Peter Glaser, a space pioneer who introduced the idea of using satellites to beam solar energy from space down to Earth, has died at the age of 90.
Over the decades, the novel technology Glaser envisioned has been known by many names — space-based solar power (SBSP), solar-power satellites or satellite power system (SPS), as well as satellite solar-power system (SSPS). An imaginative inventor, Glaser died May 29 at his home in Lexington, Massachusetts.
Glaser was born in Czechoslovakia in 1923 and came to the United States in 1948. His contributions to space science and technology were not limited to the solar-power satellite concept; he also worked on NASA's Apollo moon missions and headed an experiment that flew aboard the space shuttle Columbia in 1986.[Beaming Solar Power from Space (Video)]
In July 1971, while working for the consulting firm Arthur D. Little, Inc. in Cambridge, Massachusetts, Glaser filed for a U.S. patent for his "Method and Apparatus for Converting Solar Radiation to Electrical Power."
Glaser envisioned harvesting solar radiation in space using satellites, which would convert it to microwave energy and then transmit it to Earth for use in electrical power systems. He obtained the patent in 1973.
In fostering the idea, Glaser drew upon his extensive expertise in space science and technology, solar energy conversion and wireless power transmission. He later became a vocal advocate of solar power satellite systems as a solution to the growing global energy dilemma.
This writer had the privilege of working with Glaser from the 1970s into the mid-1980s, while assisting in a detailed appraisal of SPS by the U.S. Department of Energy and its Office of Energy Research's Satellite Power System Project Office in Washington, D.C.
Prior to his notoriety as "father of the solar-power satellite," Glaser was project manager for the Apollo 11 Lunar Ranging Retroreflector Array installed on the moon's surface in July 1969, and two other arrays installed during follow-on Apollo landing missions.
Glaser also was responsible for the Lunar Heat Flow Probes and the Lunar Gravimeter used in the Apollo program.
In 1986, an experiment designed by Glaser was also flown aboard NASA's space shuttle Columbia to investigate gravitational effects on human blood cells.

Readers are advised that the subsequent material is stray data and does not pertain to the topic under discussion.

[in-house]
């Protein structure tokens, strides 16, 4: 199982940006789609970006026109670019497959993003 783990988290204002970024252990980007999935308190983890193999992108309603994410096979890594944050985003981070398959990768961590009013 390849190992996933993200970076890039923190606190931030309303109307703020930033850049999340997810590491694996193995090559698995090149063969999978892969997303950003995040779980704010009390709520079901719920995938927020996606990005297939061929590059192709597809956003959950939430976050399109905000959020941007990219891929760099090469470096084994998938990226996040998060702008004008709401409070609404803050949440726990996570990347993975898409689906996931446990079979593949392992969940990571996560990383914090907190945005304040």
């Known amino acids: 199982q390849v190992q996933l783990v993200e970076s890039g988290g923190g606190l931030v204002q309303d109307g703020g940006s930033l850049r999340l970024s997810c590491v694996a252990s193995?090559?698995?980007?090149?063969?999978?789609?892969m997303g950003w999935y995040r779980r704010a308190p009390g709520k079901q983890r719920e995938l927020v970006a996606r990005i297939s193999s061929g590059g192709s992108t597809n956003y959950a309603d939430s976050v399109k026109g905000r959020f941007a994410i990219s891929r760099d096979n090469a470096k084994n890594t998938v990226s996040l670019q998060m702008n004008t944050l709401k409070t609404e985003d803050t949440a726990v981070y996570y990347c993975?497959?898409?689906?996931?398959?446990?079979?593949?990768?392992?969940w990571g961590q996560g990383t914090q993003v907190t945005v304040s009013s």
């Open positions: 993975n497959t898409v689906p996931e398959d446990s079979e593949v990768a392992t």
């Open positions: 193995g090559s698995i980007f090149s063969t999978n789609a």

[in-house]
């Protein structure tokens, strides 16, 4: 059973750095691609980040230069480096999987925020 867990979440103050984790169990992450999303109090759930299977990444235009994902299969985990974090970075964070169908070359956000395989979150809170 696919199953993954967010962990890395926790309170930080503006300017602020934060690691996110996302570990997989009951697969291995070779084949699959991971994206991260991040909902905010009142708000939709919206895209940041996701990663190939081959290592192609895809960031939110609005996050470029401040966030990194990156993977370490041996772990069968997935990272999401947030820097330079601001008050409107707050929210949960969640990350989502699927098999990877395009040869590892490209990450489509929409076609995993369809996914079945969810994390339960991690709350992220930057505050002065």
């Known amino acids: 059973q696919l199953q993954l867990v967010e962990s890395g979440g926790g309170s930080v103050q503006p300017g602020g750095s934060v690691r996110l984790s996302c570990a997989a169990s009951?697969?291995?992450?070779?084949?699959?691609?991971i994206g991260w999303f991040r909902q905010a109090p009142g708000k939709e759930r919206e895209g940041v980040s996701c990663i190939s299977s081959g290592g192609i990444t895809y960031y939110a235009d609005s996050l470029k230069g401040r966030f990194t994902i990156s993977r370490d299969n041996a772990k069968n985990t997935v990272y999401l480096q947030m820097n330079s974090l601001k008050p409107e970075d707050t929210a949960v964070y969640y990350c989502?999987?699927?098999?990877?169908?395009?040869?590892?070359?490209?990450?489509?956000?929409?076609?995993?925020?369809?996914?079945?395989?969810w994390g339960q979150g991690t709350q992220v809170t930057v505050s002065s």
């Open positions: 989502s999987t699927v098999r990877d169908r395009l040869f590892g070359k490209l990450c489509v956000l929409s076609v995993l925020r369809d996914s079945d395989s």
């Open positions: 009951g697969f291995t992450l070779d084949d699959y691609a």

The MIT Institute Archives and Special Collections in 2004 processed 96 boxes of historical material, from 1944-2000, donated by Glaser.
An artist's illustration of a possible space solar power collector. (Photo: Mafic Studios, Inc.)
Risk and opportunity
"Glaser was a gentleman, soldier, scientist and visionary," said John Mankins, President of Artemis Innovation Management Solutions LLC and author of "The Case for Space Solar Power," newly published by the Virginia Edition Publishing Company.
"The other night I happened to see an older episode of the popular TV program 'The Big Bang Theory' in which the main characters spend the first part of the story measuring the distance from Earth to moon by bouncing a laser — supposedly transmitted from the roof of their apartment building — off Dr. Glaser's reflector. I don't know if he ever saw the program, but I think Peter would have been delighted," Mankins told SPACE.com.
"Glaser generously introduced me to the concept of the solar power satellite, in the mid-1990s, and welcomed me into that community," he added.
Even in the 1960s, Mankins said, Glaser's vision of the future was one of both risk and opportunity — the risk that civilization might not act in time to develop the new energy sources that would be needed when fossil fuels eventually run out, and the opportunity to assure the future of humanity through innovations such as space solar power.
"Peter Glaser will be deeply missed, but his contributions never forgotten," Mankins said.
Leonard David has been reporting on the space industry for more than five decades. He is former director of research for the National Commission on Space and is co-author of Buzz Aldrin's new book "Mission to Mars – My Vision for Space Exploration" published by National Geographic. Follow us @Spacedotcom, Facebook and Google+. Originally published on SPACE.com.
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